It’s time to vote if you haven’t already. Not many people have, as we know.
Harris County turnout is expected to remain feeble through Election Day, with no marquee race to draw voters to the polls and thousands still displaced by Hurricane Harvey.
Fewer than 59,000 of the county’s more than 2.2 million registered voters cast a ballot by the end of early voting Friday, a paltry showing even in a traditionally low-turnout state.
“Nobody’s voting because really nothing overly controversial is on the ballot,” Rice University political scientist Mark Jones said, projecting total voter participation will reach of 80,000 to 100,000.
Unlike in recent off-cycle elections, Houston residents do not have mayoral or city council races to weigh in on, thanks to a recent change to term limits.
Instead, the city ballot features several propositions, as well as races for the Houston ISD and Houston Community College school boards.
What’s interesting about this is that Prof. Jones is suggesting that somewhere between 60 and 75 percent of the total votes have already been cast. That’s a higher percentage than what I estimated, and it feels a bit peculiar to me because early voting has topped out at around half of the final total in odd-year elections. Maybe this year will be different – Lord knows, it’s different in many other ways – but I would like to understand the reasoning behind that projection. In any event, going by my “Houston is 70% of Harris County in odd year vote totals”, that suggests final citywide turnout of 56,000 to 70,000, which is similar to my estimate but with a lower ceiling.
Here’s the usual press release from the County Clerk’s office:
“Regardless of where voters reside in Harris County, voters will see seven state propositions on their ballot,”said Harris County Clerk Stan Stanart, alerting the registered voters in the County that Tuesday’s November 7, 2017 General and Special Elections is a countywide and statewide election. In addition to the State Propositions, the ballot also features items offered by 29 political jurisdictions within the County. Polling locations will be open from 7 am to 7 pm.
“Voters can view their individual sample ballot and review the items on which they may vote by visiting the County Clerk’s election website, www.HarrisVotes.com,” Stanart specified. “This election merits the attention and participation of all voters. Aside from the State, there are five cities, 14 ISDs, and 10 utility districts with contests on the ballot.”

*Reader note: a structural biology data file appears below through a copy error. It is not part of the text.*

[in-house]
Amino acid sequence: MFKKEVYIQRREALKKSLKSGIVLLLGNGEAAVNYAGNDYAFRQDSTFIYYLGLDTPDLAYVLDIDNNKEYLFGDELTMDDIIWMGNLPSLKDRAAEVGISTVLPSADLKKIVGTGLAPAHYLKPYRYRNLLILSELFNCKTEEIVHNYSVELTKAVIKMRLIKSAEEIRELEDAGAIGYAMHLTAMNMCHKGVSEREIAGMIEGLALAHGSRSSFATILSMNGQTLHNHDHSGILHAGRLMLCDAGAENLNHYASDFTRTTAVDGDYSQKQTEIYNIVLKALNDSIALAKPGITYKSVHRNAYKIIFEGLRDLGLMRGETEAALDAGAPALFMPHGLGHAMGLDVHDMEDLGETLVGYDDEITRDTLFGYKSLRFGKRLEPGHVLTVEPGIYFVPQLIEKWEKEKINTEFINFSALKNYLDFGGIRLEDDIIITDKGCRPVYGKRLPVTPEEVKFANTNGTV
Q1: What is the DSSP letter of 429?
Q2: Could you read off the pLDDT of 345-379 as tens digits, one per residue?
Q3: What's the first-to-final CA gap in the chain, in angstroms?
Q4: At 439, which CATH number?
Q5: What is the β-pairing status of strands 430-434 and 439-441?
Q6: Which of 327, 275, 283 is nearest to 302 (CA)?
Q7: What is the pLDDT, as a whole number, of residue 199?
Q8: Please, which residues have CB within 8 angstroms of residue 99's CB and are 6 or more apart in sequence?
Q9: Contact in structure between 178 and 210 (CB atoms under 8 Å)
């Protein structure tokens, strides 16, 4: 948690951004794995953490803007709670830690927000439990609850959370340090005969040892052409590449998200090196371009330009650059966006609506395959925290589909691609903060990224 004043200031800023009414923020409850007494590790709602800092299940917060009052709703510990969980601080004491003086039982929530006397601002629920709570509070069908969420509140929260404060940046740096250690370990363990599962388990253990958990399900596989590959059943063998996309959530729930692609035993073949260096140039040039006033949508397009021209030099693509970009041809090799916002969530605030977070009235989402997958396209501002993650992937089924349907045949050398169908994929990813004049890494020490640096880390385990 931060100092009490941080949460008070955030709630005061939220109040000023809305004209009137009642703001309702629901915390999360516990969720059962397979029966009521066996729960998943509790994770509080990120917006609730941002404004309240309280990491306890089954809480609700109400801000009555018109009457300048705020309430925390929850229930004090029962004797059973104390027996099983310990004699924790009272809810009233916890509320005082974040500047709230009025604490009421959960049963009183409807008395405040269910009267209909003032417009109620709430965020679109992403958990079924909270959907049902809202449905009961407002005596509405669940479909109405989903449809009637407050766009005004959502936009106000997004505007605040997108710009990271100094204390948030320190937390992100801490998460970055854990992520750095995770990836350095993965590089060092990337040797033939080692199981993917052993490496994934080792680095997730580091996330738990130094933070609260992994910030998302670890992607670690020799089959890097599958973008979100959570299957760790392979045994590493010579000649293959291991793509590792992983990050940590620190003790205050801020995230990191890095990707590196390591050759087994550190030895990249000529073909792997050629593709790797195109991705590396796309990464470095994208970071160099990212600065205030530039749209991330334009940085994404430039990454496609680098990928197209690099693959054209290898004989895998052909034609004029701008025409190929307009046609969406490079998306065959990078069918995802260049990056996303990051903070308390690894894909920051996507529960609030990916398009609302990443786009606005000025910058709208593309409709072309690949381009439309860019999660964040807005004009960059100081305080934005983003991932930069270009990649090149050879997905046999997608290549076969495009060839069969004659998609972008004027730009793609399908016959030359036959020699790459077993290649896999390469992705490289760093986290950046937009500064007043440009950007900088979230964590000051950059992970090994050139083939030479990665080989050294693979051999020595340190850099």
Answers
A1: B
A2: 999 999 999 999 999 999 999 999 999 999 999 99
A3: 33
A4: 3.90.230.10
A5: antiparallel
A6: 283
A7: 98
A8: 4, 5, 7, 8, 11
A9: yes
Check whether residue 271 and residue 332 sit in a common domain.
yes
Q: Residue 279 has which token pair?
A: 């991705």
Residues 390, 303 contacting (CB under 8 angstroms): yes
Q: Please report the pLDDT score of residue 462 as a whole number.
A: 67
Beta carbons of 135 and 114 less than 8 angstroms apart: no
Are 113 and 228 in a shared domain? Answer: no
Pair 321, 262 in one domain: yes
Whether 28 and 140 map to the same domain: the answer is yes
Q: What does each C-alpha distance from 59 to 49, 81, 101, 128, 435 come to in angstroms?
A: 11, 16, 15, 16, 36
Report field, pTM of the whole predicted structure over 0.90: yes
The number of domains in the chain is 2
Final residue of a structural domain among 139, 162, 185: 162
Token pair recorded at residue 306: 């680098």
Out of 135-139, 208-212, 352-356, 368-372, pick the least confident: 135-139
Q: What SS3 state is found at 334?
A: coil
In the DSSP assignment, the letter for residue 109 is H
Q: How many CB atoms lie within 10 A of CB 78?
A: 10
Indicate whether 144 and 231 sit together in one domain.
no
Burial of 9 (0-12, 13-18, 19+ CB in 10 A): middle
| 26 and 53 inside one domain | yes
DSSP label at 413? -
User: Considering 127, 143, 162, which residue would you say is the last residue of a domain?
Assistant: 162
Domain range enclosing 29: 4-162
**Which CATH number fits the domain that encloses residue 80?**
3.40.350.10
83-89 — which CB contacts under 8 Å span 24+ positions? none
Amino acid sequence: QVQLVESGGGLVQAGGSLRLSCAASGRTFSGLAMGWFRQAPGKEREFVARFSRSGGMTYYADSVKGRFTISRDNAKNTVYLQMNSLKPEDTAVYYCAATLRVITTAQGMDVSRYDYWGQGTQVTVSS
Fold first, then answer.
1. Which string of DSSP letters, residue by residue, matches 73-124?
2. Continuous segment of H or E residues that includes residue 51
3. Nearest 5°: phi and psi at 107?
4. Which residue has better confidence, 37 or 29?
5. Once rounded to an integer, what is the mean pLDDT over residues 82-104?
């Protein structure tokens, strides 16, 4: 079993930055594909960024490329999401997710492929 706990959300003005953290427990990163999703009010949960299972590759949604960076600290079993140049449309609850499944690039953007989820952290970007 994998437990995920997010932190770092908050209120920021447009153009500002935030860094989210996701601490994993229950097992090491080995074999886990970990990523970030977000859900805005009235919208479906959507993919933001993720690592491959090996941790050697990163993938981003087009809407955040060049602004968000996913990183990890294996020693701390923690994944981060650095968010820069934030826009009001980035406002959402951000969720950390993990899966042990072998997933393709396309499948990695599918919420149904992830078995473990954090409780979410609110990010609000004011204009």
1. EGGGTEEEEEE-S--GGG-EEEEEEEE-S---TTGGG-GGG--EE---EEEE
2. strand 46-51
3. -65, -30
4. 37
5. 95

“Voters should know the address of their voting location and the acceptable forms of identification required at the poll before going to vote,” advised Stanart. “The polling location in approximately 30 voting precincts in areas impacted by Hurricane Harvey, have changed.” There will be 735 Election Day polling location available throughout Harris County. On Election Day, voters must vote at the voting precinct where they are registered to vote.
“Voters in the City of Houston should be aware that this is the first odd-numbered year election when the Mayor, Controller and City Council races are not on the ballot,” informed Stanart. “Don’t be surprised if you don’t see those contests on your ballot.”
Voters may find their designated Election Day polling location, view a personal sample ballot, or review the list of acceptable forms of identification to vote at their poll at www.HarrisVotes.com. Voters may also call 713.755.6965 for election information.
Stan Stanart is the Clerk, Recorder and the Chief Elections Officer of the third largest county in the United States.
List of Political Entities on the Nov. 7, 2017 General & Special Elections Ballot in Harris County, TX State of Texas Pasadena ISD City of Baytown Spring Branch ISD City of Bellaire Stafford Municipal SD City of Houston Tomball ISD City of Missouri City Crosby MUD Houston Community College System Harris County MUD No. 61 (defined area) Aldine ISD Harris County MUD No. 551 Alief ISD Harris County MUD No. 552 Crosby ISD Mount Houston Road MUD Cypress-Fairbanks ISD Northwest Harris County MUD No. 6 Deer Park ISD Northwest Harris County MUD No. 22 Houston ISD Cypress-Klein UD Katy ISD Prestonwood Forest UD Klein ISD Harris County WC & ID No. 133 New Caney ISD The Woodlands Township
Finally, if you have been displaced by Hurricane Harvey, please read this information from the Secretary of State Short version: you can still vote in your original precinct, as long as it is your intent to return there at some point. Note that state election law says you don’t actually have to return, you just have to say you intend to. You can re-register another time. So no excuses, go and vote if you haven’t already. I’ll have results tomorrow.